For reasons set forth herein, particularly due to the failure of the Legislative Services Agency to adhere to the laws of the state of Iowa in establishing congressional districts, it is recommended that the first redistricting plan of 2011 be rejected in favor of an improved plan that will foster greater public confidence Iowa’s congressional redistricting process and foster a greater sense of fairness and equity in Iowa’s federal representation. Furthermore, I respectfully request that this report be appended to the Commission’s official report to the Iowa legislature pursuant to Chapter 42.6 of the Iowa Code.

Please accept my gratitude for the hard work, dedication, and non-partisan service of your Commission, and I hope this report may contribute some value to the important work of your Commission, the Legislative Services Agency, and the Iowa legislature.

Sincerely,

Jim Davis

A. The Iowa legislature must closely monitor and oversee the work of the Legislative Services Agency to ensure that it is performing its functions consistent with the laws passed by the people’s elected representatives.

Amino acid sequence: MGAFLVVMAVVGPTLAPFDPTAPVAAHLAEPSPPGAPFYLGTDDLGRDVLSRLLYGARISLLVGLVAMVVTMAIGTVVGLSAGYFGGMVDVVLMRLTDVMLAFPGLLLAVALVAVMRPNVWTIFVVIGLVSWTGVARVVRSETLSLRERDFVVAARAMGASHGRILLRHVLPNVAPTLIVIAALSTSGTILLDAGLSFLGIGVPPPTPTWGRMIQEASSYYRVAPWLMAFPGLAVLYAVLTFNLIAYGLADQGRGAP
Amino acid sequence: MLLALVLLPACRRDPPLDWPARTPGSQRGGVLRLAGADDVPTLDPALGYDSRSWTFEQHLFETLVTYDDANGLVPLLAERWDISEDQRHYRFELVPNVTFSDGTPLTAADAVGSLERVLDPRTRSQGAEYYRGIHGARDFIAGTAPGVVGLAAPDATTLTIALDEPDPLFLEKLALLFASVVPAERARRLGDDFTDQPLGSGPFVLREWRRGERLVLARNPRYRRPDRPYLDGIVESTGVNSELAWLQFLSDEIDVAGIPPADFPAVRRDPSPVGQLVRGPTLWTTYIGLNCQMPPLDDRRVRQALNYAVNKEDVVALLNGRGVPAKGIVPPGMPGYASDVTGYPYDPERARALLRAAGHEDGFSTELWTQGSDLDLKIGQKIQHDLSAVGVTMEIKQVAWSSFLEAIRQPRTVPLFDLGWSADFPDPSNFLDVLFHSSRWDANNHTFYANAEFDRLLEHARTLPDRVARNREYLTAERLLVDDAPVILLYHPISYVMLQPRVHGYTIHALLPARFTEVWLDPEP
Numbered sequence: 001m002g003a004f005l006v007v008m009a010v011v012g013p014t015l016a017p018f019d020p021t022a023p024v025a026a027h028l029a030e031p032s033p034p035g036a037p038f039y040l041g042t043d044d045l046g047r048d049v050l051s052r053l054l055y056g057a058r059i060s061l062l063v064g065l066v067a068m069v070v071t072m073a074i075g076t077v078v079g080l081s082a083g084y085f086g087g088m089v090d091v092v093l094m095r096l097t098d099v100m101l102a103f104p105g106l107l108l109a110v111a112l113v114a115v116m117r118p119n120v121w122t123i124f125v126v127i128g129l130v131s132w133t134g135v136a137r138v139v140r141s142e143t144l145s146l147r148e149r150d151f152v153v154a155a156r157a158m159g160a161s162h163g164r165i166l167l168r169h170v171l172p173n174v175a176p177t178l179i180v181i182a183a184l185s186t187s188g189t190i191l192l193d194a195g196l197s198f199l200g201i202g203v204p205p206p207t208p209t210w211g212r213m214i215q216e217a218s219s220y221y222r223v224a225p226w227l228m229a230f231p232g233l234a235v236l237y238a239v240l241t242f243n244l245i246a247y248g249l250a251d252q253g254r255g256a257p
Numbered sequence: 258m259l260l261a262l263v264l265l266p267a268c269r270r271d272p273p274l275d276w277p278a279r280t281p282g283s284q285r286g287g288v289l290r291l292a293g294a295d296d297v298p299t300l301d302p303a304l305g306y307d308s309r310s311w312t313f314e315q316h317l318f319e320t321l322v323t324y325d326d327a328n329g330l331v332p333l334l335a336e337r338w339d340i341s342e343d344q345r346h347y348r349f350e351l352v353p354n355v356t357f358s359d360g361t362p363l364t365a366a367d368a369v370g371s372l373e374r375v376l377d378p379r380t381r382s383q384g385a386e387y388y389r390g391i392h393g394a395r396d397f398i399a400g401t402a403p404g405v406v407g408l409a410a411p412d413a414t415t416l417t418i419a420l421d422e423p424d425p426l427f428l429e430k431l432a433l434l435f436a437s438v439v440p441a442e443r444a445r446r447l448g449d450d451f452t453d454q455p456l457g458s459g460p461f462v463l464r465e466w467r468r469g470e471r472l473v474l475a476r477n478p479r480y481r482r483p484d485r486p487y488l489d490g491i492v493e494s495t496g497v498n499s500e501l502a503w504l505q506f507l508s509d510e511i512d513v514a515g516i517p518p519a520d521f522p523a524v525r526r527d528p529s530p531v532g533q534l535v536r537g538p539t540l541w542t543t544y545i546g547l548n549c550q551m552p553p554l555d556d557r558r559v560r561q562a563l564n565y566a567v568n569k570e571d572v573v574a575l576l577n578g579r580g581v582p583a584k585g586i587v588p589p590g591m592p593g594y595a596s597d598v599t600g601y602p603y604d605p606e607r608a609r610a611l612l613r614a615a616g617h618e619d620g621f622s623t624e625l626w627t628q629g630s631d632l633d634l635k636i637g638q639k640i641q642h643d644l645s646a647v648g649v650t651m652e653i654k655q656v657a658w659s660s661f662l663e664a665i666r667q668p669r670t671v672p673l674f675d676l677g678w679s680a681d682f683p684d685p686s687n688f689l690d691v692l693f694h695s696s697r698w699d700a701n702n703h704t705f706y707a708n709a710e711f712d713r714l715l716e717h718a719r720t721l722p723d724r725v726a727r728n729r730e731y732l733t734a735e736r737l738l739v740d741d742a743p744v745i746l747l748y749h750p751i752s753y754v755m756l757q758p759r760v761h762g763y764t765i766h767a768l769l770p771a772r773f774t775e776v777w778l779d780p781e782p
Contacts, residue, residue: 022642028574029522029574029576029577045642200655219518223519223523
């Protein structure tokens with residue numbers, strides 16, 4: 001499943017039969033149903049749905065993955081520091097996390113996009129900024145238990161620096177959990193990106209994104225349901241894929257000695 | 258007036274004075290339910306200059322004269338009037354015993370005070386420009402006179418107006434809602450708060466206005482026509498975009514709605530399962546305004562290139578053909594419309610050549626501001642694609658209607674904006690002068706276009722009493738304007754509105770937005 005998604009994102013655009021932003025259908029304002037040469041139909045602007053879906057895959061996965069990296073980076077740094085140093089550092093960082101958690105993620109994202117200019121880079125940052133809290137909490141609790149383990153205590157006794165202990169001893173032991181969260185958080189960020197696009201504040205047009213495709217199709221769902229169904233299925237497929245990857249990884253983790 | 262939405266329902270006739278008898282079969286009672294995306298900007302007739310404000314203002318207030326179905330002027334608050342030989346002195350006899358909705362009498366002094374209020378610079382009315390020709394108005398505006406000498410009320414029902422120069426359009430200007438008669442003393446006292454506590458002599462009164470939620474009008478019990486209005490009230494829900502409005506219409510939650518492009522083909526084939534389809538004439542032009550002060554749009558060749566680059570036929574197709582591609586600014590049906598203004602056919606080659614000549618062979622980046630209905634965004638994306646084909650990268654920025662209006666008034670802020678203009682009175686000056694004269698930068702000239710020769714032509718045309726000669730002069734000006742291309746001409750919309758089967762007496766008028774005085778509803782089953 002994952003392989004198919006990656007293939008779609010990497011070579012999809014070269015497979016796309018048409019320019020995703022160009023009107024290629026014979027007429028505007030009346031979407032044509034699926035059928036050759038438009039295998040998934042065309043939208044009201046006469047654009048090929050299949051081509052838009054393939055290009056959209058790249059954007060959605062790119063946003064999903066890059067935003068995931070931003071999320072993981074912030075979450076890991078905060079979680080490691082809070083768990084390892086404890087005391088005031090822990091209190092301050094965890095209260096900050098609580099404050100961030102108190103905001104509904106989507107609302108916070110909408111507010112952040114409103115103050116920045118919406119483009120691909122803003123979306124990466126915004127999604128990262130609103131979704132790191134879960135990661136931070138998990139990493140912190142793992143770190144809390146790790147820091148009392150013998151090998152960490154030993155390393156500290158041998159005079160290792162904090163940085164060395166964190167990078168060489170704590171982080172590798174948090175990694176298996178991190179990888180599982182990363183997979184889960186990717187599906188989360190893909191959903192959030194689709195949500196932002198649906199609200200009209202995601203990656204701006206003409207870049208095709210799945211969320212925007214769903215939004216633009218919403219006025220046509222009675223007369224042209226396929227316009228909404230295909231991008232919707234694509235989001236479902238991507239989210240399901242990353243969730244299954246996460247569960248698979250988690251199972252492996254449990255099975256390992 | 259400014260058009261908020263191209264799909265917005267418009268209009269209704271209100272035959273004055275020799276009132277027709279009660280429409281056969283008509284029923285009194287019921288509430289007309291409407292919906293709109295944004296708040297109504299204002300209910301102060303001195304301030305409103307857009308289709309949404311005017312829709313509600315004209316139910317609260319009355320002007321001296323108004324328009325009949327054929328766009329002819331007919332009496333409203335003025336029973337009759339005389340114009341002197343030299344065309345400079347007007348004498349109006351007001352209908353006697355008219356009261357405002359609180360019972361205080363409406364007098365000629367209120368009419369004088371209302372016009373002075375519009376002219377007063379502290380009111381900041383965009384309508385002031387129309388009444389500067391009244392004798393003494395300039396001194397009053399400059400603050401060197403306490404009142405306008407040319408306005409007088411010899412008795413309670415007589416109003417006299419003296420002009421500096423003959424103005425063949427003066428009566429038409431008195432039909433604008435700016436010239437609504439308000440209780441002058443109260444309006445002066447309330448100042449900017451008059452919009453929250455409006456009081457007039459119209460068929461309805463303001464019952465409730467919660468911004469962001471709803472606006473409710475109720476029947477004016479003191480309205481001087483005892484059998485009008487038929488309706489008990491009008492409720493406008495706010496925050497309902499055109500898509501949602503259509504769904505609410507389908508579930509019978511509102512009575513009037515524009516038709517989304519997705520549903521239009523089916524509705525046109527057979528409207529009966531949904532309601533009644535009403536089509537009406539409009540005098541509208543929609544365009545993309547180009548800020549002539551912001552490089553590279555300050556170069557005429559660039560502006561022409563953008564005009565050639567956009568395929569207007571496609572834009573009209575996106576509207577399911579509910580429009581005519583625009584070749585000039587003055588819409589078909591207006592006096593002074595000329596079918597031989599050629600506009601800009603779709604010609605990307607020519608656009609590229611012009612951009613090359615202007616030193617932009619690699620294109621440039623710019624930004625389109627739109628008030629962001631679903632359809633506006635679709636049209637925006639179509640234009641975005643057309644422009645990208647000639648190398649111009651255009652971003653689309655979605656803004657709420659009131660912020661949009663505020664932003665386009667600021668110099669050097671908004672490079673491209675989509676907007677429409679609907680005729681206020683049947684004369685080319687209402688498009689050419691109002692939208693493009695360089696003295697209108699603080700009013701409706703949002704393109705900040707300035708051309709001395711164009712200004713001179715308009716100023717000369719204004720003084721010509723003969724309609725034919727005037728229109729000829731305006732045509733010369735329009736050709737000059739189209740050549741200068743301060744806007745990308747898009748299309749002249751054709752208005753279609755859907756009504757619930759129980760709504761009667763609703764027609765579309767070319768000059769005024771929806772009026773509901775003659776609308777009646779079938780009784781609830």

For over 30 years, the state of Iowa has utilized a congressional redistricting model that is notable because, among other things, the Iowa legislature has voluntarily delegated its own legal authority to formulate, though not decide, congressional redistricting plans to the LSA, a non-partisan and independent agency that operates outside the pressures and responsibilities of the political process. Proponents have argued that the independent nature of the LSA allows congressional districts to be established with minimal manipulation of the redistricting process by politicians for electoral advantage, and the Iowa experience appears to have largely validated this argument.